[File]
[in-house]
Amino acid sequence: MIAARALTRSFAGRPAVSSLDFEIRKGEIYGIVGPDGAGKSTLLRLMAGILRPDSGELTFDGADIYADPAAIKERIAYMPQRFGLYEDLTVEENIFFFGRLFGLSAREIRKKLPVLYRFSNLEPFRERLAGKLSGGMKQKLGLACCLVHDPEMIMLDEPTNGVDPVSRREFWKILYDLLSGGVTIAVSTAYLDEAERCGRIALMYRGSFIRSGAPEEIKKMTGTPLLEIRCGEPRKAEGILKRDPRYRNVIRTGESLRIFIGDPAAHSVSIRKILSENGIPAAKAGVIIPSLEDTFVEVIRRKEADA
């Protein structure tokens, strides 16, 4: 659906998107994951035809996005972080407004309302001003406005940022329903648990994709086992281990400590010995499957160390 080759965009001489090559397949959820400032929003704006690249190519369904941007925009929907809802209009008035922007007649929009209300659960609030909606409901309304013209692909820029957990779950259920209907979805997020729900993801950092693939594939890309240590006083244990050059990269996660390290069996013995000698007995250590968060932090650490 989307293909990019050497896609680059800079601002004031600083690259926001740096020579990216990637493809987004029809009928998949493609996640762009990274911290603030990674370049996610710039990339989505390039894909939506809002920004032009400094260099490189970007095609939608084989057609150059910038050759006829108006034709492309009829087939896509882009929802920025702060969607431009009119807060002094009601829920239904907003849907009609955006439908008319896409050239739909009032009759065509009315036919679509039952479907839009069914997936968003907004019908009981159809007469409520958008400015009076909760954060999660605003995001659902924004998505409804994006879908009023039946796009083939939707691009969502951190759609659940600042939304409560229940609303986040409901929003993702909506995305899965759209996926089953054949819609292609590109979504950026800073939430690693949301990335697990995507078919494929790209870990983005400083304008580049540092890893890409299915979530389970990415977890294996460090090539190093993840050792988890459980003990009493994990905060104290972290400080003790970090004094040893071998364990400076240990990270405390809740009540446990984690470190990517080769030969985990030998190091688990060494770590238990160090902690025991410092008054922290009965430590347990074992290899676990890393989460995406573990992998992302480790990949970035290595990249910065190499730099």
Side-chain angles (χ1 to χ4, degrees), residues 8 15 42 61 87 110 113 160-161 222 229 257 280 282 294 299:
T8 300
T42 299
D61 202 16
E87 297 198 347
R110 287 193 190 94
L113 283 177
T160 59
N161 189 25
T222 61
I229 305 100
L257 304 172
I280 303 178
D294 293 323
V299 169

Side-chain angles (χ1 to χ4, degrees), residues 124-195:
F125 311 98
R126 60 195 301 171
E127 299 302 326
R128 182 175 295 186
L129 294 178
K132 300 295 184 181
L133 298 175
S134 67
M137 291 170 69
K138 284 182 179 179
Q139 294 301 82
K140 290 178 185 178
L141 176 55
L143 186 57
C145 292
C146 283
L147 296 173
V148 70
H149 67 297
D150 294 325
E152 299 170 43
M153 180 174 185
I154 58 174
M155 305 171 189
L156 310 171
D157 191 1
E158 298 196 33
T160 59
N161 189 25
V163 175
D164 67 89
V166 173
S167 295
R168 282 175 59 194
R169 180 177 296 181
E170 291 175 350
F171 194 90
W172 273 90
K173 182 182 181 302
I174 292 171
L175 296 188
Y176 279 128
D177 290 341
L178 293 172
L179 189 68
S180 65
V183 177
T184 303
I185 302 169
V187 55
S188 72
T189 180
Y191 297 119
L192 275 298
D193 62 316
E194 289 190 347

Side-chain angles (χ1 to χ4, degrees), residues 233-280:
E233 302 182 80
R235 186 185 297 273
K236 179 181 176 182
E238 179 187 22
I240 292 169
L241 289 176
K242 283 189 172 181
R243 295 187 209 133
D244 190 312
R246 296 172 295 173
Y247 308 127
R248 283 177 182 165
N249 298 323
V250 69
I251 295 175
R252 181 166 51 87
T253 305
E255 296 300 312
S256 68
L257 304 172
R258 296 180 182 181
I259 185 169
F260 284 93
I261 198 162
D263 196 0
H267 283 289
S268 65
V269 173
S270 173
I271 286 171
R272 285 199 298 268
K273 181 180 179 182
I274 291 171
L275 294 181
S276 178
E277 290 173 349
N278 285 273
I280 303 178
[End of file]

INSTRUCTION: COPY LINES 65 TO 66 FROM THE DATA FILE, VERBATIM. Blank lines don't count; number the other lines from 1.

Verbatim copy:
S180 65
V183 177